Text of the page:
13. Shiba T, Yamamoto T, Seki U, et al. Screening and follow-up of diabetic retinopathy using a new mosaic 9-field fundus photography system. Diabetes Res Clin Pract. 2002;55(1):49-59.
  14. Larsen M, Godt J, Larsen N, et al. Automated detection of fundus photographic red lesions in diabetic retinopathy. Invest Ophthalmol Vis Sci. 2003;44(2):761-766.
  15. Williams GA, Scott IU, Haller JA, et al. Single-field fundus photography for diabetic retinopathy screening: A report by the American Academy of Ophthalmology. Ophthalmology. 2004;111(5):1055-1062.
  16. Marmor MF, Carr RE, Easterbrook M, Farjo AA, Mieler WF; American Academy of Ophthalmology. Recommendations on screening for chloroquine and hydroxychloroquine retinopathy: A report by the American Academy of Ophthalmology. Ophthalmology 2002;109(7):1377-1382.
  17. Davis MD, Bressler SB, Aiello LP, et al; Diabetic Retinopathy Clinical Research Network Study Group. Comparison of time-domain OCT and fundus photographic assessments of retinal thickening in eyes with diabetic macular edema. Invest Ophthalmol Vis Sci. 2008;49(5):1745-1752.
  18. Polak BC, Hartstra WW, Ringens PJ, Scholten RJ. Revised guideline 'Diabetic retinopathy: Screening, diagnosis and treatment'. Ned Tijdschr Geneeskd. 2008;152(44):2406-2413.
  19. American Diabetes Association. Position statement: Standards of medical care in diabetes - 2010. Diabetes Care. 2010;33(Suppl. 1):S11-S61.
  20. Jain N, Farsiu S, Khanifar AA, et al. Quantitative comparison of drusen segmented on SD-OCT versus drusen delineated on color fundus photographs. Invest Ophthalmol Vis Sci. 2010;51(10):4875-4883.
  21. Marmor MF, Kellner U, Lai TY, et al; American Academy of Ophthalmology. Revised recommendations on screening for chloroquine and hydroxychloroquine retinopathy. Ophthalmology. 2011;118(2):415-422.
  22. Salcone EM, Johnston S, VanderVeen D. Review of the use of digital imaging in retinopathy of prematurity screening. Semin Ophthalmol. 2010;25(5-6):214-217.
  23. American Diabetes Association (ADA). Standards of medical care in diabetes. VI. Prevention and management of diabetes complications. Diabetes Care 2011;34(Suppl 1):S27-S38.
  24. Paysse EA. Retinopathy of prematurity. UpToDate [online serial]. Waltham, MA: UpToDate; reviewed March 2012.
  25. Weller PF, Leder K. Toxocariasis: visceral and ocular larva migrans. UpToDate [online serial]. Waltham, MA: UpToDate; reviewed April 2013.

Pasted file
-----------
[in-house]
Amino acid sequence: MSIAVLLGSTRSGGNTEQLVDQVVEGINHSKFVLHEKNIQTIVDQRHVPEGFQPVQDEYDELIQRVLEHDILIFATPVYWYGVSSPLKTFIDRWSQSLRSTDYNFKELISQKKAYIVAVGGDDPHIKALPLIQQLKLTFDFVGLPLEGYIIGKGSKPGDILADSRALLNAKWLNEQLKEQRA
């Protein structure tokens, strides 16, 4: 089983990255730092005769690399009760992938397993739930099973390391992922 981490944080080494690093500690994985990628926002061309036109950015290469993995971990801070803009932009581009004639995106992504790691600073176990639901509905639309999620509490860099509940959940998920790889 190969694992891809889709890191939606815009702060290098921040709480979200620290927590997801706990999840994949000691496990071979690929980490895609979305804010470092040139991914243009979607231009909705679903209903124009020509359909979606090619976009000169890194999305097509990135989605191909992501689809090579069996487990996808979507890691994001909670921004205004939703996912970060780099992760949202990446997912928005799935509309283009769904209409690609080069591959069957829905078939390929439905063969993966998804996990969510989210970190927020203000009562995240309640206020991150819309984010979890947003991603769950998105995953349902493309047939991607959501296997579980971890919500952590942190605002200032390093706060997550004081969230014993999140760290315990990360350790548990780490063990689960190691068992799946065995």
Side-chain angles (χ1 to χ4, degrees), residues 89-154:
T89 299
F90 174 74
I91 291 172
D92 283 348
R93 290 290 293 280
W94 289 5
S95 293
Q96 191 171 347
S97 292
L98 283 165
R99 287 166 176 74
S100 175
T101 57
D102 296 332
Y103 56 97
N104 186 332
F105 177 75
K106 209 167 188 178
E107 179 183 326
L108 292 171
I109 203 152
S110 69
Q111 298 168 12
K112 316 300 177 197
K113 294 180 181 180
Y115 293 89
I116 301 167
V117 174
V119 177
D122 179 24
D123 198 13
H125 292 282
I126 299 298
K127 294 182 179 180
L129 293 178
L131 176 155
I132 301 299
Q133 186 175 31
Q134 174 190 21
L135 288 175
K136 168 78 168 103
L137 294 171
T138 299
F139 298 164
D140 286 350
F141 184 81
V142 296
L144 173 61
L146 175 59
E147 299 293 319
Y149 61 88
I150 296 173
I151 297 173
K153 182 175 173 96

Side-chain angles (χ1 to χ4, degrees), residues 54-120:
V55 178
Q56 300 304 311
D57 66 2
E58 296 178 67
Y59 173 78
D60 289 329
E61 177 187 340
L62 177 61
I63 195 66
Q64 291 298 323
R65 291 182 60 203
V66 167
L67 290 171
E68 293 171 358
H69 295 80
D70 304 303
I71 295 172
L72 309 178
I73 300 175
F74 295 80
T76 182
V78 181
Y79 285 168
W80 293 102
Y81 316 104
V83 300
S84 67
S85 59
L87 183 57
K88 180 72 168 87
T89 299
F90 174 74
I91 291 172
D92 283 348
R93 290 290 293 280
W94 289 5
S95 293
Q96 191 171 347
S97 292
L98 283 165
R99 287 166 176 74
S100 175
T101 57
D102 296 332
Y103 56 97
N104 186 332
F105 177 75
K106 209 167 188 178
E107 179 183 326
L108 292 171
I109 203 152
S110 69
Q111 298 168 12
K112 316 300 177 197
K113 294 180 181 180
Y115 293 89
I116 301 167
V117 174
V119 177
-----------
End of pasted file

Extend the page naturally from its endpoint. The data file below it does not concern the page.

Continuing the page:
26. Ku JJ, Landers J, Henderson T, et al. The reliability of single-field fundus photography in screening for diabetic retinopathy: The Central Australian Ocular Health Study. Med J Aust. 2013;198(2):93-96.
  27. Syed ZA, Radcliffe NM, De Moraes CG, et al. Automated alternation flicker for the detection of optic disc haemorrhages. Acta Ophthalmol. 2012;90(7):645-650.
  28. EyeIC Inc. MatchedFlicker [website]. Wayne, PA: EyeIC; 2014. Available at: http://www.eyeic.com/index.php. Accessed December 10, 2014.
  29. VanderBeek BL, Smith SD, Radcliffe NM. Comparing the detection and agreement of parapapillary atrophy progression using digital optic disk photographs and alternation flicker. Graefes Arch Clin Exp Ophthalmol. 2010;248(9):1313-1317.
  30. Myung JS, Gelman R, Aaker GD, et al. Evaluation of vascular disease progression in retinopathy of prematurity using static and dynamic retinal images. Am J Ophthalmol. 2012;153(3):544-551.
  31. Radcliffe NM, Smith SD, Syed ZA, et al. Retinal blood vessel positional shifts and glaucoma progression. Ophthalmology. 2014;121(4):842-848.
  32. Marlow ED, McGlynn MM, Radcliffe NM. A novel optic nerve photograph alignment and subtraction technique for the detection of structural progression in glaucoma. Acta Ophthalmol. 2014;92(4):e267-e272.
  33. Syed ZA, Radcliffe NM, De Moraes CG, et al. Detection of progressive glaucomatous optic neuropathy using automated alternation flicker with stereophotography. Arch Ophthalmol. 2011;129(4):521-522.